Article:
Frustrated that their constituents pay far more for prescription drugs than residents of other nations, many state policymakers have embraced Canadian drug importation. Six groundbreaking states, led by Vermont, have enacted laws to enable importation but still need federal approval to begin. Proposed rules, which President Trump recently touted in an Executive Order, still need significant revision to support state plans.
Building on that foundation, a new National Academy for State Health Policy (NASHP) model law provides another option for states – import Canadian drug prices. Currently, other nations very effectively negotiate prices with drug manufacturers and secure significantly lower rates than are available in the United States. NASHP’s new model uses those countries’ established international prices to set a rate – an upper payment limit – for purchasers in a state.
This model, developed with careful legal analysis and expertise, does not violate patent protections because it is not price setting. Rather, it sets a limit on what purchasers pay, leaving manufacturers free to set prices. And by clearly defining that the bill affects only purchases in the state, it steers clear of Commerce Clause conflicts.
This new model law identifies the 250 most costly drugs in the state, defined by net price multiplied by utilization, based on available data from state employee health insurance plans. The law includes biologics and other costly drugs that federal law excludes from drug importation programs. The law’s international reference rate – which becomes a state’s upper payment limit for a drug – is the lowest price found across the four most populous Canadian provinces. When provincial prices are not available, the ceiling price published by Canada’s Patented Medicine Prices Review Board (PMPRB) becomes the reference rate. The PMDRB’s price determination includes reference to median drug prices from a basket of other developed nations.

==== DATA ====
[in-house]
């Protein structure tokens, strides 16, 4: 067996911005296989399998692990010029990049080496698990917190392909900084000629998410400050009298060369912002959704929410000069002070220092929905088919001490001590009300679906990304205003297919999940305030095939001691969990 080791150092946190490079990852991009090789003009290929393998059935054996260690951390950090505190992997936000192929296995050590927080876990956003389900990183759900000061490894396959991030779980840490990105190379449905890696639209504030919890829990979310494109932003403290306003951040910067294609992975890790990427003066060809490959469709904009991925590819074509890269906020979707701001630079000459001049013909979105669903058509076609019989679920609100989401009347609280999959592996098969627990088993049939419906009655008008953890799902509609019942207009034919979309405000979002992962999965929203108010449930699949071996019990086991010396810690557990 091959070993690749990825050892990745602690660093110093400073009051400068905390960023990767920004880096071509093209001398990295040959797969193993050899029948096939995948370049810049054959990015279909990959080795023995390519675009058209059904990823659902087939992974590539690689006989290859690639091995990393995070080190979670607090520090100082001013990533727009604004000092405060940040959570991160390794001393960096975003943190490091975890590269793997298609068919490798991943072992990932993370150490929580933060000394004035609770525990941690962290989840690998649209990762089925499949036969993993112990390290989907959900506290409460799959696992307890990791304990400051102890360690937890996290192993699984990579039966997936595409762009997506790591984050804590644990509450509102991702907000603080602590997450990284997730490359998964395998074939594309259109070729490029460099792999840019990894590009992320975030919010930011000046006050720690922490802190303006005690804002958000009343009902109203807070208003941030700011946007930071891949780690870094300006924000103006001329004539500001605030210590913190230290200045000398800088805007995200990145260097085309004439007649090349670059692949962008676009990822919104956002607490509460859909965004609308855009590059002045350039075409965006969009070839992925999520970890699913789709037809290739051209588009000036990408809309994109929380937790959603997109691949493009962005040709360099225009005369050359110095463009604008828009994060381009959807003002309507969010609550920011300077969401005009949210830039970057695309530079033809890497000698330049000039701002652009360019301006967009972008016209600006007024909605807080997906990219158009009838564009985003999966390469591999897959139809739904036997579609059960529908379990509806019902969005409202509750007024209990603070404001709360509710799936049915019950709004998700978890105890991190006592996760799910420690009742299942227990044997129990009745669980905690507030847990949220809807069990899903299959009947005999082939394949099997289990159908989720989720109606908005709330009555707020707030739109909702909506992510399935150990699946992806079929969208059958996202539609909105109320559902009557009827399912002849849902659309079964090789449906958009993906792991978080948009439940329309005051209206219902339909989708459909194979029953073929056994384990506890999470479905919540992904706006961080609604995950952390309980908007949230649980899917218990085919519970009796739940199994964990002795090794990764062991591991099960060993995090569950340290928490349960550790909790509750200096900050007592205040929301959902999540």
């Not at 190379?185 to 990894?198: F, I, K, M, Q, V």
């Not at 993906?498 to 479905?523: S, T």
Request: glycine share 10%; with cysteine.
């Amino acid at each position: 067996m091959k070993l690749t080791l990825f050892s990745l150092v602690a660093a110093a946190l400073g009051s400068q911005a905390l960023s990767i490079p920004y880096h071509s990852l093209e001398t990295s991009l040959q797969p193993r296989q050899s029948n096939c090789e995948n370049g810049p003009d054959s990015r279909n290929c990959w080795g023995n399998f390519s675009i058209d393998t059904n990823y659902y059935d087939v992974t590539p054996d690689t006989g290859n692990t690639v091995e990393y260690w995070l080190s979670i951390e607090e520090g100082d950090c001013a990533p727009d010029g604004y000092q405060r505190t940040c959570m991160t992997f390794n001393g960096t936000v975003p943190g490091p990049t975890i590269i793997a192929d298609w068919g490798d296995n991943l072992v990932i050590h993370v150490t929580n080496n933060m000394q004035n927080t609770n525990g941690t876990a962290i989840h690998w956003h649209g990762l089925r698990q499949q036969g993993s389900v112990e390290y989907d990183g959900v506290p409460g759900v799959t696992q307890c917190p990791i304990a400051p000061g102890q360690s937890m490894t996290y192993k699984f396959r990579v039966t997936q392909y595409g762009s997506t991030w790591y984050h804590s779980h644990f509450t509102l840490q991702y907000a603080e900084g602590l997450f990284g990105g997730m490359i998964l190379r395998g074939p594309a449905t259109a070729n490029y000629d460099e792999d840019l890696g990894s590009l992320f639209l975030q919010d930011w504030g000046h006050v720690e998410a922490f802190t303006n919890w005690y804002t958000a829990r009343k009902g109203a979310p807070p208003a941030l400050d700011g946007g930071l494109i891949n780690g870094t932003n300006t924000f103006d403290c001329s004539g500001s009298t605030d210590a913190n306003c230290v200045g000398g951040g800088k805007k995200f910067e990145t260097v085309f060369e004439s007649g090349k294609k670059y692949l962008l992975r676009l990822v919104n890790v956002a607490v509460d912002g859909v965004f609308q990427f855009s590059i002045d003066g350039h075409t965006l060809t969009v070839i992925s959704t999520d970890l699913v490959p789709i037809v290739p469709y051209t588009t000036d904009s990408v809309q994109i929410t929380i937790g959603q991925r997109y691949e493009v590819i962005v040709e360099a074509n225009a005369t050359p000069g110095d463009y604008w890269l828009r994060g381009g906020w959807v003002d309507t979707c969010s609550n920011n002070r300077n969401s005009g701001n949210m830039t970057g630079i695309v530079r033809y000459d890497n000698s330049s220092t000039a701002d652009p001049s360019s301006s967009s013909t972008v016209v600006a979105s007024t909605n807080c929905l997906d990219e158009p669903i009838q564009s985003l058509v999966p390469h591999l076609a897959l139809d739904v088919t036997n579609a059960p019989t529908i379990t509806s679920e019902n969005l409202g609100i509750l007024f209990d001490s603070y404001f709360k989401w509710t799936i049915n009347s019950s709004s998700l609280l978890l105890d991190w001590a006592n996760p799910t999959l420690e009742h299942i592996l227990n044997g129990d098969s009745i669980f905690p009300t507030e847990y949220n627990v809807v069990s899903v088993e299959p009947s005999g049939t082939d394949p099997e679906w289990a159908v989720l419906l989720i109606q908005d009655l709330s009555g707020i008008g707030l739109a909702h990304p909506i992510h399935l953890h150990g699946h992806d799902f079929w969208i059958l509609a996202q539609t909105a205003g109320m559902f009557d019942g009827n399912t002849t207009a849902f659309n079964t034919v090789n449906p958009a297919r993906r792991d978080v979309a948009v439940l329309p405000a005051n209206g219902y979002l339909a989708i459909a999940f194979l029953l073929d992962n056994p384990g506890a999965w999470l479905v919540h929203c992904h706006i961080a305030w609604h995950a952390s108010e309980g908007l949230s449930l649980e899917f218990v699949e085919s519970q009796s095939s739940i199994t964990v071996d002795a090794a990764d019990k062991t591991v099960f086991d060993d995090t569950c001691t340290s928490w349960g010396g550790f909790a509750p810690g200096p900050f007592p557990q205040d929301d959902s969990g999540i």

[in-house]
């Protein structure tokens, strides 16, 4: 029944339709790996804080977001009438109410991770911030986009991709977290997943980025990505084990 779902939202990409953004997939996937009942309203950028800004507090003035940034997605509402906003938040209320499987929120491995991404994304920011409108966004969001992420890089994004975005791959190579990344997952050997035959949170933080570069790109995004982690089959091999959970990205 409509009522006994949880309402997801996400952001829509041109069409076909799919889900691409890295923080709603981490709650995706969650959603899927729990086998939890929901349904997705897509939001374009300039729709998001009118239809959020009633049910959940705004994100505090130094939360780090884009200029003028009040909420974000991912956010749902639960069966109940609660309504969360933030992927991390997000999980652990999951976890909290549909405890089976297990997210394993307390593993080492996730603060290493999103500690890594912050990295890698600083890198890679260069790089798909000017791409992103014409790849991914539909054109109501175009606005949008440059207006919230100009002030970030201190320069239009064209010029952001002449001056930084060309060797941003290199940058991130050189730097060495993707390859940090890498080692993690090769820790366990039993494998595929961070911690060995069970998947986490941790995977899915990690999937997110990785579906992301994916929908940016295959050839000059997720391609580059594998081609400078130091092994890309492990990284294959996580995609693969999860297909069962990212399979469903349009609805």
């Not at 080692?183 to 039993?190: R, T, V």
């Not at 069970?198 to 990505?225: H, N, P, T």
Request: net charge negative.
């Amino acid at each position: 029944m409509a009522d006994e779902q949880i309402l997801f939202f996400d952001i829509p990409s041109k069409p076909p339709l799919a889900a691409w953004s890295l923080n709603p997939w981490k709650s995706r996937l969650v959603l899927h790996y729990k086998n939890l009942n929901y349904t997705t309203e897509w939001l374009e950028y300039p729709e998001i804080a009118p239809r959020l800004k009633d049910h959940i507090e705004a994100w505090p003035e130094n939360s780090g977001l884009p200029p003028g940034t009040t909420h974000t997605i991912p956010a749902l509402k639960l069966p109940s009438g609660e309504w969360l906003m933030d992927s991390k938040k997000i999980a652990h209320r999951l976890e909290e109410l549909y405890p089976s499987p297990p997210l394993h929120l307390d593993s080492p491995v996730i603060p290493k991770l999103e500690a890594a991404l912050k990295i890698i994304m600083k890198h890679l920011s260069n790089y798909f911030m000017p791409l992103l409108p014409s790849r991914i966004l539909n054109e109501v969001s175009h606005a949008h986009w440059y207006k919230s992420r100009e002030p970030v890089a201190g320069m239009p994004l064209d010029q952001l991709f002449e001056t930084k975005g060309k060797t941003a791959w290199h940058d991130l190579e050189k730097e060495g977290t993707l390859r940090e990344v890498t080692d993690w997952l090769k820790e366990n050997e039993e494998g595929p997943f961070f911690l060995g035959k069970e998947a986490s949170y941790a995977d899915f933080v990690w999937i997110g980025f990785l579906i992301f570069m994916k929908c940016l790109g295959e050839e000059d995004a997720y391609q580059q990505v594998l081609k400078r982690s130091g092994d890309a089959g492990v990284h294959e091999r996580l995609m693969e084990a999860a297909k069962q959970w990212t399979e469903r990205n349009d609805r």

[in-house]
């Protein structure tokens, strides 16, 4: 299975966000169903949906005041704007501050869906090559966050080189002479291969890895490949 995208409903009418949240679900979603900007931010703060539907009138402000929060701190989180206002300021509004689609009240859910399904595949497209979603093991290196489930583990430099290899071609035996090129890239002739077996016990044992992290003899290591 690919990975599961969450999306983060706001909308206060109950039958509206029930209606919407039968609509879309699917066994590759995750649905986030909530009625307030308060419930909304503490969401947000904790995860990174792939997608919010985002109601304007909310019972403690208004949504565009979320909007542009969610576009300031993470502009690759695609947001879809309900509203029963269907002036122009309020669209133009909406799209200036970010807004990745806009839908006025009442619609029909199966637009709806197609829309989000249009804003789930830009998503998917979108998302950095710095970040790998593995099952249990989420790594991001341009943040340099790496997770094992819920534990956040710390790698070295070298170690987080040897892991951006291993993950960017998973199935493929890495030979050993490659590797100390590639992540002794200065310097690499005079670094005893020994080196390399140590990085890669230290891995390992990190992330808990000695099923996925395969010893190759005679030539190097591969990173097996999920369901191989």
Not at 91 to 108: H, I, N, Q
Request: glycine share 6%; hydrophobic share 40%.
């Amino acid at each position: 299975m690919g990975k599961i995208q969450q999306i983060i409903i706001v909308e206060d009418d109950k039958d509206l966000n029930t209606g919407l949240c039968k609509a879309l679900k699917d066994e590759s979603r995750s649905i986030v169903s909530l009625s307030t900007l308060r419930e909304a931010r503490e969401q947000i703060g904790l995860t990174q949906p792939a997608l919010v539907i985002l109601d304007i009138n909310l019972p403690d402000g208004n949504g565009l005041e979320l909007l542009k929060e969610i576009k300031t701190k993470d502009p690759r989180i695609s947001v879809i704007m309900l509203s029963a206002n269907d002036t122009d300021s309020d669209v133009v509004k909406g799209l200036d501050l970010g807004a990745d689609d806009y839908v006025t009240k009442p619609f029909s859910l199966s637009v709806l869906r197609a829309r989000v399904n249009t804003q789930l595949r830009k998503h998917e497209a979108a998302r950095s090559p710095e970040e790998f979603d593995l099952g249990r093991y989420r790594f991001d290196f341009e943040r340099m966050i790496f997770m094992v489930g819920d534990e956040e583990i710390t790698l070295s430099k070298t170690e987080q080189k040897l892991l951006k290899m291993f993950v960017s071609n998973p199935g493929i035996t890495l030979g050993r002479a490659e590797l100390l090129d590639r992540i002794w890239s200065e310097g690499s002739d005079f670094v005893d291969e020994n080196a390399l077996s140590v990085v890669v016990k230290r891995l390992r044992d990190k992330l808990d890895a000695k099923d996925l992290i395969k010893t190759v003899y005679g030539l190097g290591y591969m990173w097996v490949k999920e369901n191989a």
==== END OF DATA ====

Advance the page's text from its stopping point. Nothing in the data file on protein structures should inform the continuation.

Cost savings from this initiative are considerable and administrative expenses are kept low by building on a state’s existing infrastructure. States’ insurance departments, in collaboration with their boards of pharmacy, would develop the list of payment limits for the 250 drugs and require plans to document their compliance. Significant penalties are included in the law for failure to do so. The bill protects local pharmacists by ensuring they can purchase drugs at the payment limit and continue to charge dispensing fees. Health plans must report their savings to the state’s superintendent of insurance and detail how they pass the savings on to consumers.
Below is an example of current drug price comparisons between the United States and Quebec, Canada, which suggest the potential savings for states.
|Canadian Reference Rate||How much more US consumers pay vs. Canadians:|
|Xeljanz [5 mg]
|Eliquis [2.5 mg]
|Eplcusa [400/100 mg]
|Zytiga [250 mg]
* Prices, effective as of June 2020, represent unit cost (i.e., per tablet, pill, etc.) in US dollars, converted at an exchange rate of $1 CAN = 73 cents USD.
The pharmaceutical industry had made clear its opposition to models that reference international prices. States can expect three common industry responses to this legislative model:
Pharmaceutical manufactures will threaten to withdraw drugs from a state’s market. NASHP’s model act has provisions that require manufacturers to give advance notice to a state if they decide to withdraw a drug and impose significant penalties for doing so.